“We had a very loyal clientele that wanted Harrison’s paints because their products were always such high quality, and our customers actually told us they’d be willing to wait until January when the company planned to start making paint again,” Pugh says. “So in the meantime, we’d go and pick through what was in the warehouse, trying to get as much of the Dutch Standard brand that we could.”

Pat Lauber says that of 30 Harrison Paint customers that had been dealers for years, 28 assured him they’d stay with the Dutch Standard brand if Harrison could stay open.

“We stuck it out because we felt confident they would get back on their feet again,” says Debbie Nussbaum, owner of Dalton Hardware in Wayne County. “We’ve never regretted that decision to hang in there.”

The color of success

After stepping up as potential buyers, the Laubers worked with a team of officials who collectively brainstormed a plan for the Harrison sale. The group included Canton’s mayor, its economic development division and law department, Stark Development Board, The Ohio Department of Development and the Canton Regional Chamber of Commerce.

Mark Lauber says the Ohio Department of Development proposed certain state incentives and financing for some of the company’s equipment needs.

Despite these negotiations, several parties involved in the bankruptcy process still favored liquidation. Seeing this, Schmidt launched a dramatic letter writing campaign, persuading customers, suppliers, city officials and other groups to write to the bankruptcy court in Youngstown.

“So many people wrote letters, including Canton’s mayor and several congress people, the Stark Development Board and the chamber, several suppliers, customers, even many local businesses,” says Marcus. “The judge held up that stack of letters in court and strongly suggested to the secured creditors that the sale would be a better outcome than liquidation.”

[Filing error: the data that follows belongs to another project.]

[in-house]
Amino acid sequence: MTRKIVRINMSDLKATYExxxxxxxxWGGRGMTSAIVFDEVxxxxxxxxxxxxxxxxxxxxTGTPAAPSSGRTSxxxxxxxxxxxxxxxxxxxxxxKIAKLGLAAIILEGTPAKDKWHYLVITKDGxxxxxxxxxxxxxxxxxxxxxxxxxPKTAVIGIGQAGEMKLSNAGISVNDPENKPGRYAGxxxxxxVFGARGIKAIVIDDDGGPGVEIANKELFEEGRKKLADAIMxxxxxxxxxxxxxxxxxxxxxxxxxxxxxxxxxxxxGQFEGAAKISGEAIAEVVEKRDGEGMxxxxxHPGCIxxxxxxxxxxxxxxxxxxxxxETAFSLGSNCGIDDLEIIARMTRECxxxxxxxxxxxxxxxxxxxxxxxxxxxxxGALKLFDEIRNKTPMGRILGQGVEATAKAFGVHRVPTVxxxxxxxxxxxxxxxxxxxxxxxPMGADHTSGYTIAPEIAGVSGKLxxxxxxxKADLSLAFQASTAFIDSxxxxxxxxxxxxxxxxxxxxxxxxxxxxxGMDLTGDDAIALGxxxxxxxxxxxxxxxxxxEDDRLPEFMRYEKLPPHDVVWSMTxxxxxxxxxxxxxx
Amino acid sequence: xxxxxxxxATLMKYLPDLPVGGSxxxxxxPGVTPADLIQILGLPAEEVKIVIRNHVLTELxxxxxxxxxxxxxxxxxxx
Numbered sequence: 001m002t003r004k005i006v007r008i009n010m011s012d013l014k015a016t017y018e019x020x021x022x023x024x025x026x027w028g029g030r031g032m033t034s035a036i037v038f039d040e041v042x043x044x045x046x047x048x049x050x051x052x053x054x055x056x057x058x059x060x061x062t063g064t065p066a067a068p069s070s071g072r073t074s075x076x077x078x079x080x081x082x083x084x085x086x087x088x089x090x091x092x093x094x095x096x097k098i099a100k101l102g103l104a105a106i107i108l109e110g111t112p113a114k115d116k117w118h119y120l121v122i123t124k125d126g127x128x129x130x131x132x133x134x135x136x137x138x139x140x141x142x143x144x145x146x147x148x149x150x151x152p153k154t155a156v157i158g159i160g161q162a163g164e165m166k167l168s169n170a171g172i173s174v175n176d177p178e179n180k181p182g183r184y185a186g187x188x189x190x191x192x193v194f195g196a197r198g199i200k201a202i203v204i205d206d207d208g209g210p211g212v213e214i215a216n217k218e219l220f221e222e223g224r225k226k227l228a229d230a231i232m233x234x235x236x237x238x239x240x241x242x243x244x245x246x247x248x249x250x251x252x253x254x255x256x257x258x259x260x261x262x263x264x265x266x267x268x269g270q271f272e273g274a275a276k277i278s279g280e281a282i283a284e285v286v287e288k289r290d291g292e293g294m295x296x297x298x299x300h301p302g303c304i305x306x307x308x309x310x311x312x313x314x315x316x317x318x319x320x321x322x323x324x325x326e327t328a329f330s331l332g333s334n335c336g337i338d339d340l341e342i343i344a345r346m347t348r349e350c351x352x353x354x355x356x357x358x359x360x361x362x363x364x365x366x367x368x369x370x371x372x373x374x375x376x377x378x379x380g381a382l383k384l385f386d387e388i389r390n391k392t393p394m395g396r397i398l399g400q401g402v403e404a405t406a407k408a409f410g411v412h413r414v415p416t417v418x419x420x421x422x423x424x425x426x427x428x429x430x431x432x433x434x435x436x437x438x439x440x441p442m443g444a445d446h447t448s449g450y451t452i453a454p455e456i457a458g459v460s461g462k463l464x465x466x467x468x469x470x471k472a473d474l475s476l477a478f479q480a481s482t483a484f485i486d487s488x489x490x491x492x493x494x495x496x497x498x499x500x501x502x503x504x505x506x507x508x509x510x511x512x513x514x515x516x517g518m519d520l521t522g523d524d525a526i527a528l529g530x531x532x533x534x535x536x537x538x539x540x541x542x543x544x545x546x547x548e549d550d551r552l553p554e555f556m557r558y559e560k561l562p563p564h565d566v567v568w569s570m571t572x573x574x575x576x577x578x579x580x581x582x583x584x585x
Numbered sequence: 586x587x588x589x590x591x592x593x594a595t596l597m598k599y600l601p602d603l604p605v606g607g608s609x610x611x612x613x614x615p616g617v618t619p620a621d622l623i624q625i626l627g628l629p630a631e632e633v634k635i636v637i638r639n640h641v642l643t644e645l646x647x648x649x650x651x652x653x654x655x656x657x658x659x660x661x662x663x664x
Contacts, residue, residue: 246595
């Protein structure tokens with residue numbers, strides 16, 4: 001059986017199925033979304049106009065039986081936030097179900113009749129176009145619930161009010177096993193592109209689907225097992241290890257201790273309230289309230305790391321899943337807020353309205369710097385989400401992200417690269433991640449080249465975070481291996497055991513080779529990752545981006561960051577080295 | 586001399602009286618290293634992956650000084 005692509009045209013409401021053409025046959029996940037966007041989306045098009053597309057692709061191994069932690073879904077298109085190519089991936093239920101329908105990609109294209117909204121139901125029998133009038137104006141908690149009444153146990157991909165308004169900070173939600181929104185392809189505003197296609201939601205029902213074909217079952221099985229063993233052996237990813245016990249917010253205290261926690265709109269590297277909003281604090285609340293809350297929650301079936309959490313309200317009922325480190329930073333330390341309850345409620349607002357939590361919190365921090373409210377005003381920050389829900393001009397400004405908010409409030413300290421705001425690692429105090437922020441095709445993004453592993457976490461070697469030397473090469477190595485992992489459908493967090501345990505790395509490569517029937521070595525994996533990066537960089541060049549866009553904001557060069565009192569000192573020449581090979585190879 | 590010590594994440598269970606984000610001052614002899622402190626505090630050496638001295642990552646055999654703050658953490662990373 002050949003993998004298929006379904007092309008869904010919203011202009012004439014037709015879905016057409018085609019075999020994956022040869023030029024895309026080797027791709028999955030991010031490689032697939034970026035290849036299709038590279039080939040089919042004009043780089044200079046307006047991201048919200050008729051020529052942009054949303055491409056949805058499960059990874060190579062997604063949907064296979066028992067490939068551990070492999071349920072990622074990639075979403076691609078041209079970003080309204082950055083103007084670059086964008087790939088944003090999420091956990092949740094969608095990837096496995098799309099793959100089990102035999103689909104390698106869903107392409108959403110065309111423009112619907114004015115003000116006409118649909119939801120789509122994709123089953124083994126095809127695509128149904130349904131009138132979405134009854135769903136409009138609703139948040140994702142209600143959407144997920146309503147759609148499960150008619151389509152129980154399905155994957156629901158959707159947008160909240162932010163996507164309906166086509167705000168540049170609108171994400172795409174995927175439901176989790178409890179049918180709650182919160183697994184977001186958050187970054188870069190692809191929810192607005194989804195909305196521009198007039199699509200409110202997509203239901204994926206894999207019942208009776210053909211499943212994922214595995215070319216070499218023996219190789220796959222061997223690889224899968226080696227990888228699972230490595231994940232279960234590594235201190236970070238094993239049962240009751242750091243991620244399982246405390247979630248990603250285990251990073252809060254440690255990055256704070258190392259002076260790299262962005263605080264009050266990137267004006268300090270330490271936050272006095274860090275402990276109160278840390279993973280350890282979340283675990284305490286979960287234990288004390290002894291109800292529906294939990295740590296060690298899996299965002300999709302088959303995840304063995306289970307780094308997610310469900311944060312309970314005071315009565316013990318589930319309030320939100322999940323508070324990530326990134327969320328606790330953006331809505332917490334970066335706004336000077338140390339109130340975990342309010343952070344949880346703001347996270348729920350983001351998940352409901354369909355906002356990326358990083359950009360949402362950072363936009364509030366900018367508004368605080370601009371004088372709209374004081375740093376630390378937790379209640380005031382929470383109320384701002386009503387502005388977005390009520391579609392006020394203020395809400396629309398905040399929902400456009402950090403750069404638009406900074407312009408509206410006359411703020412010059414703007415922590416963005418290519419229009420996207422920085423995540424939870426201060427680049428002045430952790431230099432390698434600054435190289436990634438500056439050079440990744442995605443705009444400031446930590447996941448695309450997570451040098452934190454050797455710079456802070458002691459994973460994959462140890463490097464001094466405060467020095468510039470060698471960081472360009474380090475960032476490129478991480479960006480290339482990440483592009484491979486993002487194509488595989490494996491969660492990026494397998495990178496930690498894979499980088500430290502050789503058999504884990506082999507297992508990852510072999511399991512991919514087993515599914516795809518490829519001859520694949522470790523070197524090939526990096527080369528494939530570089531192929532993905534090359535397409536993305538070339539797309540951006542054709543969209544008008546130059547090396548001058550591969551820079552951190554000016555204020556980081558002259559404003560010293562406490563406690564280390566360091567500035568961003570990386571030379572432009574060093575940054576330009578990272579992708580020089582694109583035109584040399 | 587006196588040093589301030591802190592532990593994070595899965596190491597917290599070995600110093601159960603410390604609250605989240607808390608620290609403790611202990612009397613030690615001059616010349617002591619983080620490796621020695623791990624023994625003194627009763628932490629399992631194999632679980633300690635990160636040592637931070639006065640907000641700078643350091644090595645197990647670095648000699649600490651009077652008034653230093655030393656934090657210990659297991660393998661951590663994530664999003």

Schmidt’s efforts and the Laubers’ official bid paid off. On Dec. 22, 2000, the Laubers purchased Harrison’s assets through U.S. Bankruptcy Court for less than $2 million. Harrison Paint made rehire offers to 28 former employees, and all have returned to their posts. Pat Lauber, now president, says this core group of people will help rebuild the company until they’re joined by other former workers he hopes will return when finances allow.

“If our team can be successful, we can all look at that and be proud that we all worked together to save the company,” says Mark Lauber, CEO.

After tackling plant renovations and equipment upgrades, and replenishing depleted inventory, the Laubers reopened the Harrison Paint store that formerly operated from the first floor of the factory at 1329 Harrison Ave. SW. With high hopes, Mark Lauber projects that 2001 sales revenue will be about $5 million.

In retrospect, Walters regrets what happened to Harrison Paint after he sold it to Cook & Dunn.

“But the company’s in good hands now, and if the Laubers keep the quality of the product and get the accounts back, they’ll have themselves a winner,” Walters says.